Equipment and Solutions

Severe Weather Construction Safety Tips

Servere weather safety for construction sites

Getting Ready for Whatever Nature Sends Your Way

Extreme weather such as, heat waves, flash floods, lightning, thunderstorms and snowy, cold and windy conditions are a serious concern for any business — especially those with employees working outside. If you operate a construction site or any other industry that leaves your team vulnerable to the outdoor elements, it’s critical to take precautions to stay safe no matter what Mother Nature throws at you. To avoid workplace accidents, avoidable injuries, lawsuits, property damage and potential loss of life, consider the following severe weather tips for being prepared:

Identifying Your Risks

Tornado and lightning destroying a tree

A comprehensive safety plan begins with understanding the risks in your construction work environment. Common issues include:

  • Lightning strikes, which are more common in open areas.
  • High winds downing trees or power lines, toppling machinery or generating flying debris.
  • Heavy rains impacting trenches or causing flooding.
  • Temperature extremes resulting in heat-related illnesses or cold stress.

Educate Employees

Make sure your crew knows how to spot signs of an impending storm, such as increased wind speeds. Your plan should include clear weather-related signals for when to stop work and when it’s safe to resume.

Challenging and dangerous weather conditions tend to send disorganization, confusion, panic and fear throughout an organization. At the top of the list of essential severe weather safety tips for keeping your staff calm and in control during a storm or natural catastrophe is developing a response plan in case of emergency.

Make sure everyone understands what their roles and responsibilities are in various situations and provide continuing education and training on safety best practices. From knowing where to find the first aid kit to the location of the nearest shelter or safe place, a well-drilled team is best equipped to deal with adverse conditions.

You should also teach them the symptoms of cold stress and heat-related illnesses. They’ll be able to take appropriate action quickly when they recognize the signs in themselves or others.

Be Proactive

Weather protection on construction sites is best accomplished through prevention. Some proactive steps you can take to improve safety include:

  • Consider weather alert apps or other methods to keep your team informed.
  • Ensure any equipment you’re using meets safety requirements for your operating conditions.
  • Tie down or otherwise secure loose construction materials.
  • Outfit your crew with the correct safety equipment for the job, such as rain gear.
  • Shore up trenches and other excavated areas.
  • Schedule the most demanding work for the warmest parts of the day in winter and the coolest in summer.
  • Remove hazards like flood waters as soon as possible.

Stay Informed

There are some natural disruptions you can’t plan for, such as a tornado. However, most of the time, you’ll receive ample notification that inclement weather is on the way.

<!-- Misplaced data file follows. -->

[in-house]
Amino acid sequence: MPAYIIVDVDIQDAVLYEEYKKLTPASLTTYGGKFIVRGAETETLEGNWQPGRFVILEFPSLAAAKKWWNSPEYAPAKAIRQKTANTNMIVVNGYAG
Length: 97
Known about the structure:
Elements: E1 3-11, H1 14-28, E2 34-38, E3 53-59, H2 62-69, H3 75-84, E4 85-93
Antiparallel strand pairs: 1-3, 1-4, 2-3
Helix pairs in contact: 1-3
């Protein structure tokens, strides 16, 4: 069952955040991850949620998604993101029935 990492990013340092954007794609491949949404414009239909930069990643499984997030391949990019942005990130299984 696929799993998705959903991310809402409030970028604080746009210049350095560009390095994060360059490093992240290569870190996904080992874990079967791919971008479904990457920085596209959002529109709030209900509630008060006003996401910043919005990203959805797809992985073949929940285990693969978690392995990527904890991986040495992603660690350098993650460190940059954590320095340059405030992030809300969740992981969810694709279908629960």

An efficient way to keep your work crews informed is to appoint shift safety chiefs responsible for keeping tabs on what’s happening in the atmosphere by reading daily reports and monitoring impending storms and systems. Sign up for National Weather Service updates and alerts delivered directly to your mobile devices, always have an all-weather radio receiver on site and map out local flood zones, emergency escape routes and how to get to the nearest medical facility.

Provide Shelter

The best way to help keep your construction crew safe is by giving them a place to escape the sun, rain, snow and wind. Many construction companies rely on mobile work trailers or tents for this purpose. Adding a heating or cooling feature also gives workers a break from extreme temperatures.

Utilize Emergency Power Systems

High winds, flash floods, extremely hot and cold temperatures and many other factors make the chances of accidents and injuries rise exponentially. When the power and lights go out, the danger grows even more. Being storm-ready for many businesses means having the necessary power equipment to respond to an unexpected outage or disaster. Having a backup generator to power your business and light towers on-site are severe summer weather safety tips that protect against blackouts caused by heat waves and intense storms.

You’ll not only be able to keep your equipment running and production moving forward, but also shed some light on the situation for improved jobsite safety and emergency response.

Be Prepared Before It’s Too Late

The time to take action to protect your people, your organization and your valuable assets is now, before an emergency takes place. For more severe weather safety tips for work and power system solutions, contact RAKA Rental today. We offer a wide range of new, used and rental backup and standby emergency generators as well as light towers and other safety tools and accessories. Browse our rental temperature-control equipment, trench boxes, pumps and more to prepare for handling severe weather safely. To make a rental reservation, call 888-404-RAKAvisit your nearest location or contact a team member online.